Connecting old and young
By Lorraine George,
Today we publish a series of podcasts and briefing papers summarising the findings of our three-year mental health category, in partnership with the Mental Health Foundation. These share key learnings and best practices in mental health from 17 countries around the world.
Funded by the Churchill Fellowship and supported by the Mental Health Foundation, the series is based on the findings of 59 Churchill Fellows who researched global best practice in 2016-19. They explored topics on the theme of community-based solutions for mental health. Their findings are grouped under four main headings: Trauma and Adversity; Growing Up and Growing Old; Creativity and Innovation; and Equality and Diversity.
Julia Weston, Churchill Fellowship Chief Executive, said: “This global knowledge exchange with 17 countries by 59 Churchill Fellows is an invaluable resource. We’re delighted to be able to share it for the benefit of everyone with an interest in strengthening mental health across all our communities.”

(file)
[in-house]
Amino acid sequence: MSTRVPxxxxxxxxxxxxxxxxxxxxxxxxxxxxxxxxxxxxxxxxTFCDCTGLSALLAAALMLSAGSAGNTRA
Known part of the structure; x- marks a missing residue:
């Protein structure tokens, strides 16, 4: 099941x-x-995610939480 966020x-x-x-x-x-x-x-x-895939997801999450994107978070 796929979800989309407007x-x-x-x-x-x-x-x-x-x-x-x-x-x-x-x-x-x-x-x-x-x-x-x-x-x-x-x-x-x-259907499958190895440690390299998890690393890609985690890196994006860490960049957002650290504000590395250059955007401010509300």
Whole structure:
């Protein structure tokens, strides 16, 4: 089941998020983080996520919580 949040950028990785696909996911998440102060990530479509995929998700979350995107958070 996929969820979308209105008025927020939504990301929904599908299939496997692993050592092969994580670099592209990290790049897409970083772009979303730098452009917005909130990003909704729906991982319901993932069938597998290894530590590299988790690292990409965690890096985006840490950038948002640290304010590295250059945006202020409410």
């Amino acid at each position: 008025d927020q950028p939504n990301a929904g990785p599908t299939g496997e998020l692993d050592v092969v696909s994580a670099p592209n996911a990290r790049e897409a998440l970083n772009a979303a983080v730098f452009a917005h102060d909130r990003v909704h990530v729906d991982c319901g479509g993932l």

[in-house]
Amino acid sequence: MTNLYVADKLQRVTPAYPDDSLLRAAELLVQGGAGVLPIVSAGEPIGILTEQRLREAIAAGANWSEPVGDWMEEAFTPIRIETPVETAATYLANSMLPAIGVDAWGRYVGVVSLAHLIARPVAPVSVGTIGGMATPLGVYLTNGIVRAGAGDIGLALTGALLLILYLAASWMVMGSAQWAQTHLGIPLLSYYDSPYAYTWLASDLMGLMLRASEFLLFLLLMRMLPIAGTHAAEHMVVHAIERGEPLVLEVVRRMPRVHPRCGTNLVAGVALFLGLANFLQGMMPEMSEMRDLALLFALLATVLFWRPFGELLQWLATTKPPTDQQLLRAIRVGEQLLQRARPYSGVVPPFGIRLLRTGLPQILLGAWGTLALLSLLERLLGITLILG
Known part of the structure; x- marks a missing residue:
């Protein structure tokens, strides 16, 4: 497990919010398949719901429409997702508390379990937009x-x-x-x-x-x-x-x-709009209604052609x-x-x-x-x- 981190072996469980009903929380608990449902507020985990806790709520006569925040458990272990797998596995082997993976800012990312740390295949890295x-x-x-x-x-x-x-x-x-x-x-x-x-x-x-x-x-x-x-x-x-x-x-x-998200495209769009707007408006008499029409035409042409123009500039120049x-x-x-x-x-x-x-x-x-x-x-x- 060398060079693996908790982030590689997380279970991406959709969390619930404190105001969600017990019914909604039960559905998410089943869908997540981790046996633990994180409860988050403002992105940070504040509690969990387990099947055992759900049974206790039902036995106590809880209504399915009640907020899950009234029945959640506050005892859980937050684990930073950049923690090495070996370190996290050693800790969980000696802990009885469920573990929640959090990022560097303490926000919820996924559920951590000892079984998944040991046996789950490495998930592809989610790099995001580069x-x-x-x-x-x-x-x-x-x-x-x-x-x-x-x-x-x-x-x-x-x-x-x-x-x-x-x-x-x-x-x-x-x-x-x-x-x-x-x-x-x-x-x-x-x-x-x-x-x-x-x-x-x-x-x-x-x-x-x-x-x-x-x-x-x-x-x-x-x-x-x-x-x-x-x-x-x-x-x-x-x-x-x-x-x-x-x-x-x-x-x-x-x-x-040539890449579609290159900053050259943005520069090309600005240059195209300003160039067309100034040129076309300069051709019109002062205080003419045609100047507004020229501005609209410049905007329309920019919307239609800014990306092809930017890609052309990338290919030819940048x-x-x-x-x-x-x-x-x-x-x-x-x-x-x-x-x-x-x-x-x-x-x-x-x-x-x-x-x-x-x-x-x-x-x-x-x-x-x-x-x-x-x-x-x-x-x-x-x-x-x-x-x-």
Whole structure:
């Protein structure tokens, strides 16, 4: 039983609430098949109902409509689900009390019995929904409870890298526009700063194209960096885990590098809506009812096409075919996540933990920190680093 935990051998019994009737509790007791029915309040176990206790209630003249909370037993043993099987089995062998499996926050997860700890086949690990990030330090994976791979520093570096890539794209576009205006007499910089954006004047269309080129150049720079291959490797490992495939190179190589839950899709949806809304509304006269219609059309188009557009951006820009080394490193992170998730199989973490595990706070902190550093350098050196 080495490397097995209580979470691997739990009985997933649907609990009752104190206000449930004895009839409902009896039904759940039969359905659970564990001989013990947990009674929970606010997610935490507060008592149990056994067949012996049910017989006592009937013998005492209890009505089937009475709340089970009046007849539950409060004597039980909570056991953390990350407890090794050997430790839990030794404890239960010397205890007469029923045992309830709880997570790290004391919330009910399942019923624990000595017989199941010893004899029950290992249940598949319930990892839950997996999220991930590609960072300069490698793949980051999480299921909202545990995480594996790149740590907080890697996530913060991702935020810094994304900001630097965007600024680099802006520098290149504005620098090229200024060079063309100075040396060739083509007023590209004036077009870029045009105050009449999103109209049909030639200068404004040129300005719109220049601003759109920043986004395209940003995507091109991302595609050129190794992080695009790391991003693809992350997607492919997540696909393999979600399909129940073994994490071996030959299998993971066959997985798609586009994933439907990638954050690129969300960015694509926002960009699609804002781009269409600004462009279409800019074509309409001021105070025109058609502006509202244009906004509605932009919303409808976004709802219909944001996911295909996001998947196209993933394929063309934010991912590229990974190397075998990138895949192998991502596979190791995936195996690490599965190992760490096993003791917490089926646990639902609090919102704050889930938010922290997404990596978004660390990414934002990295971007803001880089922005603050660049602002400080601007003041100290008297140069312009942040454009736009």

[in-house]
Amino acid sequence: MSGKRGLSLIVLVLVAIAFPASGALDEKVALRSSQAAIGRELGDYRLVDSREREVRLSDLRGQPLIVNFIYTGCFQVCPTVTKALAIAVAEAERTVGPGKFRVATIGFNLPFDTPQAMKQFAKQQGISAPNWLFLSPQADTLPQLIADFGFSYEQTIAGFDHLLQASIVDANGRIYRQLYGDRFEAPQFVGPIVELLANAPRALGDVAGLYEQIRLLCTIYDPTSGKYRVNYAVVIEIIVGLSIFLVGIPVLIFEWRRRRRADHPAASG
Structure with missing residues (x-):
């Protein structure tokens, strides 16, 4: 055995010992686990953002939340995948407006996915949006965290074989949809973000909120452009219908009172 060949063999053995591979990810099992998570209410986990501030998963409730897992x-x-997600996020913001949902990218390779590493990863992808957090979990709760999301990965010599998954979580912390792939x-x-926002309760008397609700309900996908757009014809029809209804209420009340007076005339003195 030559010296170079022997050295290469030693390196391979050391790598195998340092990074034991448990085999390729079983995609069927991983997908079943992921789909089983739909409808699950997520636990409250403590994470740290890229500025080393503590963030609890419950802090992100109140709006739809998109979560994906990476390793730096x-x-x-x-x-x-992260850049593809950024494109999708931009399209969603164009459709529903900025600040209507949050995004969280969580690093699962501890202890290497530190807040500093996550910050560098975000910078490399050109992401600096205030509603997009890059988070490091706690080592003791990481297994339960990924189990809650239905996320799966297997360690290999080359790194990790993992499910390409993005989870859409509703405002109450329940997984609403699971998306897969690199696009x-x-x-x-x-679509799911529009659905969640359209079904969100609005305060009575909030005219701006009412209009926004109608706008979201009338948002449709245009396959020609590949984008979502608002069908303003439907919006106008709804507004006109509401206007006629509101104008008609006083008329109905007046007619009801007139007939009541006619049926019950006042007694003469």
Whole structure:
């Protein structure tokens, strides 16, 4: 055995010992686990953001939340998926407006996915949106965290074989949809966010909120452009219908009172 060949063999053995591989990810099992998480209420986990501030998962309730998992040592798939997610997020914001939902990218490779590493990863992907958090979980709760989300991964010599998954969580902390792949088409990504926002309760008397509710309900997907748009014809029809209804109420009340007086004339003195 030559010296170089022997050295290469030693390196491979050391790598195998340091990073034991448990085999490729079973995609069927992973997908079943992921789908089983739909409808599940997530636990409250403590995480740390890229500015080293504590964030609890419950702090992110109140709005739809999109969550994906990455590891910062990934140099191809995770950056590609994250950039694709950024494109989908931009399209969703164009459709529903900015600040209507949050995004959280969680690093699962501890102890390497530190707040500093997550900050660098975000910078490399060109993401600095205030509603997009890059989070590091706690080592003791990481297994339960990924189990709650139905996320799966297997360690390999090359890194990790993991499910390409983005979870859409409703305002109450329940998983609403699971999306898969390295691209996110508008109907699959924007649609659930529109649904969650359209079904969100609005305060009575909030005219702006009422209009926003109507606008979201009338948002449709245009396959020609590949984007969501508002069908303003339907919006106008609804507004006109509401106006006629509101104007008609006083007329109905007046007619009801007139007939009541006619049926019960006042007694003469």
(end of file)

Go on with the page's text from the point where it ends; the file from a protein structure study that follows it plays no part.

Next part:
The Fellows come from a mix of professions with a wide breadth of experience, ranging from clinical psychologists, prison officers and software developers to military veterans and teachers. From their different perspectives, all have a shared common goal: to create a mentally healthier society for all.
This new body of learning suggests innovations that can be applied to community mental health provision in the UK. The findings have important implications for how the NHS, local government and other partners design and commission services and projects to improve mental health in our communities.
Mark Rowland, Chief Executive of the Mental Health Foundation, said: “The Churchill Fellows have done important research into examples of best practice and innovation in other countries, and their work is vital in helping us look at new ways of tackling difficult and under-researched issues. Although these Fellowship visits took place before the pandemic, this learning is highly relevant to addressing the mental health challenges we now face.”
The new series of podcasts and briefings can be accessed here.
By Lorraine George,
By Saeida Rouass,
By Ceinwen Giles,